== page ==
Sorry to be so late today! Had to take my herd of children to the doctor's office to get shots and purple cupcake band-aids.
That's one of those things that doesn't really happen in books, isn't it? Literary characters rarely pee, and if they need to, it's always at the most inconvenient times. They never just see the bathroom at the mall and realize, "Oh, I have to go." They also don't wash their faces very often, and they usually only wake up once--inevitably right at the beginning of the first chapter. People in books don't seem to need to do much yard work and their carpets seem to miraculously clean themselves. Frankly, I'm thinking I might like to be a literary character, because other than the potty thing, it sounds like a pretty good deal.
It's funny, because I know a lot of writers who shoot for realism in their books, but is that really an accurate term? Because in most cases, reality is what we're trying to escape from when we pick up a book. I'm not so interested in the adventures of a soccer mom, because I live them. Although if it's a demon fighting soccer mom, then we're on, bay-bee. Totally.
Plus, the so-called "reality" in books isn't really all that real. I think it's more "realistic" than anything else--you're picking and choosing bits of a life that are interesting and leaving the rest out. Yes, your hero probably makes a pit stop after getting into that brawl with the school bully, and then when he gets home, he finds out that his mom bought the wrong brand of underwear, and it's the kind that gives him red marks around his waist, and why can't she remember that, darn it? And then maybe they argue about that a little before he goes upstairs and finds the bully waiting for him in his room.
Most books skip over the underwear and peeing bits in an effort to tell a good story, as well as the driving-places-in-the-car and the getting-vaccinations and the grocery-shopping-excursion stuff. It's all in the quest for a good story, and I don't have a problem with that. But sometimes I see new writers get confused, because they're being told that their scenes need to feel real. I totally agree, but I think that you still need to pick and choose those bits that move your story along and make THOSE as real as possible.
What do you think? Am I making any sense at all here?
the beauty of an author is that your reality is what counts.
If stephanie Myer had worried about reality then there would have been talk about periods and Edmund freaking out once a month at Bella....or how someone dead like Eddie can get it up to make a baby when he doesnt have a blood flow.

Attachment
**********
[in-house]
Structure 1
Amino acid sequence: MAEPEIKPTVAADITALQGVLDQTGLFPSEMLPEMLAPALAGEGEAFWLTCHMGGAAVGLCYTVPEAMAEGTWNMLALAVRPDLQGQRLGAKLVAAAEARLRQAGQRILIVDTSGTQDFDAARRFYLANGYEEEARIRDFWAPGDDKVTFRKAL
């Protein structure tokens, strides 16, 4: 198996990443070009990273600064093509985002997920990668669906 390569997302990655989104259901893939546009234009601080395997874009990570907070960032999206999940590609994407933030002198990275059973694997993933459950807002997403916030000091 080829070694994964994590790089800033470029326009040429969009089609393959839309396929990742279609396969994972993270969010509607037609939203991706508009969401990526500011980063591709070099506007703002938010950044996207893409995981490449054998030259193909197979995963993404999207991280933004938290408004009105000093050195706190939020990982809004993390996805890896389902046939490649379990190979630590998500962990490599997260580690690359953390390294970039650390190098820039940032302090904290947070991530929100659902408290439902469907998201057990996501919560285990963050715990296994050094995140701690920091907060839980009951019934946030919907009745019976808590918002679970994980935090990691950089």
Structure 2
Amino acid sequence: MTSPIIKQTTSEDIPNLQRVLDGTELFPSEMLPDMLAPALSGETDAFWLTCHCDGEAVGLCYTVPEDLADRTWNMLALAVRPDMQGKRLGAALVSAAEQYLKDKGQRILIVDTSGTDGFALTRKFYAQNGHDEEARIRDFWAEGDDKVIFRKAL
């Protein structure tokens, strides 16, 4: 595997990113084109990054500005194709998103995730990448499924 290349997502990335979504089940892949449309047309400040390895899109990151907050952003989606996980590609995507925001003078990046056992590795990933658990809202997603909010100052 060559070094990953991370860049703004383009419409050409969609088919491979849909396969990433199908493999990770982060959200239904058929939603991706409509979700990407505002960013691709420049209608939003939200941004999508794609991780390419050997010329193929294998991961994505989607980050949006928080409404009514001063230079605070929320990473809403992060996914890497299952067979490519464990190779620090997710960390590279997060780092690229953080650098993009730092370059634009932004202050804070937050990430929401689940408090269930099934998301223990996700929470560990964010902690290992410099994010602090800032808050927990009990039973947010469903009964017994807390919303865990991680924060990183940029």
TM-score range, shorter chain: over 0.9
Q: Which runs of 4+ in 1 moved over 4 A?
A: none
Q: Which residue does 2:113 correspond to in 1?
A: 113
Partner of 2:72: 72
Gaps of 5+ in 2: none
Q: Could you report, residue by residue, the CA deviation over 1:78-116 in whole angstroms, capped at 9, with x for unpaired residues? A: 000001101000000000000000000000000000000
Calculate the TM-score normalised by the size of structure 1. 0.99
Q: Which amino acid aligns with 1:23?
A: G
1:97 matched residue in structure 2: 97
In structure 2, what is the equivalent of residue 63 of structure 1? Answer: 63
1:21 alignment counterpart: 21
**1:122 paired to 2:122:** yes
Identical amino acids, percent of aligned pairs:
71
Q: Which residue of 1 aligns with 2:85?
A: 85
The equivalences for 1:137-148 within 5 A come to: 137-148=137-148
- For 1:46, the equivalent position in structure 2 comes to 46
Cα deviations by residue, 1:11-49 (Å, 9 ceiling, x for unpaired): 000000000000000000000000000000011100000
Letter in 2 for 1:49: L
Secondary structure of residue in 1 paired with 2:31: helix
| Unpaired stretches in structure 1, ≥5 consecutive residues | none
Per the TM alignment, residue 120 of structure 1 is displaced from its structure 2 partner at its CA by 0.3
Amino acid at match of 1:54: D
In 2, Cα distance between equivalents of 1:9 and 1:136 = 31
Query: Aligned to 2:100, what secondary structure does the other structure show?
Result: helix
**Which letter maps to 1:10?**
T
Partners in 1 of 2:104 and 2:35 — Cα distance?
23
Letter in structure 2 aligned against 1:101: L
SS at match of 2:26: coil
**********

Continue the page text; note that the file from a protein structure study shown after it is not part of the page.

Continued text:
Her reality is, that he could. And its a great story.
crap, Edmund is my character and Im writting his name so much that I accidently just said it instead of Edward. ooops.
I meant Edward.
You are so not off your rocker, but how exciting is going pee, really? Not exciting unless it's in the middle of the most awkward date in history, right? We all want to live a little and the mundane things don't get us there.
LOL Sometimes I think about that, how characters never go to the bathroom or anything like that. But most of the time, I just enjoy the book.
I do think you're making sense, good post!
Oh, and "Read my books", your comment cracked me up. LOL So true!
Yes, you make perfect sense (and are hilarious). I read a medieval-ish fantasy where the heroine, who was on the run from the villain, kept thinking about her monthly blood flow. While that's realistic, I kept getting pulled out of the story whenever she mentioned it. But for some reason, that aspect doesn't bother me in contemporary realistic fiction.
Sometimes when I have to pee it's pretty exciting to me...but I don't think anyone else wants to read about it. I think you make perfect sense, Carrie!
Read my books: I wondered those things. I admit it. :)
Jen: That's exactly what I mean! So glad you agree!
Taylor Lynn: Yes, that kind of thing can get really boring to read about, can't it? I remember reading a book in which the main character spent three paragraphs brushing her hair. UGH. NO.
LinWash: That would definitely pull me out of a story too! Funny that it doesn't seem as striking to you in contemporary fiction! Anybody else like that?
Marsha: You cracked me up. :)
My mom and I used to laugh because in the Nancy Drew books, she takes showers ALL the time. I remember one book in particular, she showered when she got up, then she went into the woods searching for clues right after that, so when she got back (from walking, no dirt-rolling involved, mind you) she took another shower, then went to lunch. During lunch, she accidentally got pushed in the swimming pool so she took another shower. And then another before bed. Her skin must have been so dry.
I think it mostly depends on how it's written. If it's not too much unecessary detail and fits in with the story, making it more down to earth, then by all means go for it! :)
I don't think I've ever read the book with three paragraphs about brushing hair, so I can't pass judgement... but I do see how something like that could be tedious. On the other hand, if I include brushing hair, it's usually, "I brushed my hair and-". Over in four words, LOL! ;)
I'm in favour of a little dose of the real reality once in a while. It's nice for a character to pee once a book :)
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